What does the darkness symbolize in Washington Irving's story "The Devil and Tom Walker"? 

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parkerlee's profile pic

parkerlee | Teacher | (Level 2) Educator

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Since in the Bible the Devil is referred to as "The Prince of Darkness," obscurity would represent all which falls within his dominion or power.

Ironically, the original name for Satan was Lucifer, which means 'light' (Latin version, 'star.') According to the Biblical acccount in Isaiah 14:12-14, Lucifer was an archangel in Heaven who coveted God's place and incited a rebellion against Him in Heaven.

The antithesis of these names emphasises the degree and intensity of the original "Fall."

poetrymfa's profile pic

poetrymfa | College Teacher | (Level 2) Educator

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Darkness assumes a very traditional symbolic status within Washington Irving's "The Devil and Tom Walker"; it serves as a reminder of the far-reaching presence of evil.

The story itself begins in an atmospherically dark area that is a "thickly wooded swamp" with a "dark grove." It is near this area that the miserly Tom Walker and his wife dwell in a "forlorn house" with a "miserable horse." Tom first meets Old Scratch while taking a shortcut through the swamp, which was "dark at noonday" and full of potential traps, including "a gulf of black smothering mud" and "half rotting" tree trunks. 

Old Scratch himself takes the form of a "great black man" with a soot-covered face, a "shock of coarse black hair," and an axe on his shoulder. Old Scratch leaves the black imprint of his finger burnt into Tom's head. This mark seems to suggest that Tom has been touched by the presence of true evil, and indeed, Old Scratch later kills Tom's wife and enters into an agreement with Tom to take his soul in exchange for great riches. 

It it, thus, appropriate that with Tom's soul signed away, the dark imagery continues. Despite Tom's fervent attempts to keep the devil from returning by becoming a churchgoer and forcefully praying, the deal has been done. Tom has been marked by evil, and Old Scratch returns with a "black horse" after a "terrible black thundergast" in order to make good on his bargain. 

mercut1469's profile pic

mercut1469 | High School Teacher | (Level 2) Educator

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Darkness pervades Washington Irving's "The Devil and Tom Walker." It is a symbol of both the unknown and unbridled evil. The shortcut Tom takes at the beginning is through a "dark grove" replete with "gloomy pines" and "black, smothering mud," and which is "dark at noonday". The forest is described as "treacherous" and is symbolic of the unknown frontier of the newly colonized North American continent. The story is set in 1727 and at that time much of what would later be the United States was still unexplored. While the area around Boston would have been well known to settlers, it was still considered a mysterious entity to many. Superstitious colonists (raised on the sermons of John Calvin and Jonathan Edwards) very much believed in evil and the existence of the devil. The woods represented their darkest fears, including Indians and wild animals. That the incarnation of Satan himself might reside in the dark woods was perfectly believable.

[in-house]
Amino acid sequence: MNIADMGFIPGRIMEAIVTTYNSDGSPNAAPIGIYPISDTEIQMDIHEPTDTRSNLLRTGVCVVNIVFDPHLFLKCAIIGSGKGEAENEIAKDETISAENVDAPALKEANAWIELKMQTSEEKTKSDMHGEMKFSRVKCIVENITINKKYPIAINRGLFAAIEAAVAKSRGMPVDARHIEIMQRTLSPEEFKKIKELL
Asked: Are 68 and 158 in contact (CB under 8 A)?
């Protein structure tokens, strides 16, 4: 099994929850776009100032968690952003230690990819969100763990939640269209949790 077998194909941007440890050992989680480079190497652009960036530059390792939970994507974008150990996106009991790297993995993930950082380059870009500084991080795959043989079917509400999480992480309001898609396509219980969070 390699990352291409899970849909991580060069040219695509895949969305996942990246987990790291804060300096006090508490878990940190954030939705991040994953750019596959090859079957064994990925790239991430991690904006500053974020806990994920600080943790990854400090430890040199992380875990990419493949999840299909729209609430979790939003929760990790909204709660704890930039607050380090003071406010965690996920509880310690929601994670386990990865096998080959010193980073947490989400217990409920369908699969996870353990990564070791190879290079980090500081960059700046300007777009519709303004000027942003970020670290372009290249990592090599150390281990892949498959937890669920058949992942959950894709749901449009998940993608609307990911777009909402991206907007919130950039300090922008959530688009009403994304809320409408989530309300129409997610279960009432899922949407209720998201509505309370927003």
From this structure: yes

Evil does indeed lurk in the forest and Irving uses darkness in his characterization of the "black woodsman." He is described as a "black man" who was neither African nor Indian. He relished the burning of white men by Indians, presided over the persecutions of religious non-conformists, was a patron of slave dealers and the "grandmaster" during the Salem witch trials. In short, he was involved in any number of evil deeds. After telling of the riches with which he can bestow upon Tom, he burns a black fingerprint into Tom's forehead, "which nothing could obliterate." In his bargaining with Tom, he insists that the money be used for evil. At first he wants Tom to outfit a slave ship, but when Tom recoils from this demand, the man is satisfied that Tom will loan money to his neighbors at exorbitant interest rates (usury). 

Although he attempts to stave off the black man by getting religion in his later years, darkness is again used as the symbol of evil in the story's ending. After cheating a friend, Tom utters the words "The Devil take me...if I have made a farthing," and just then a "black man" on a "black horse" takes him away to the "black hemlock swamp". Tom is never seen again, presumably dead and gone to hell. All his possessions are reduced to nothing and even his horses rendered skeletons.


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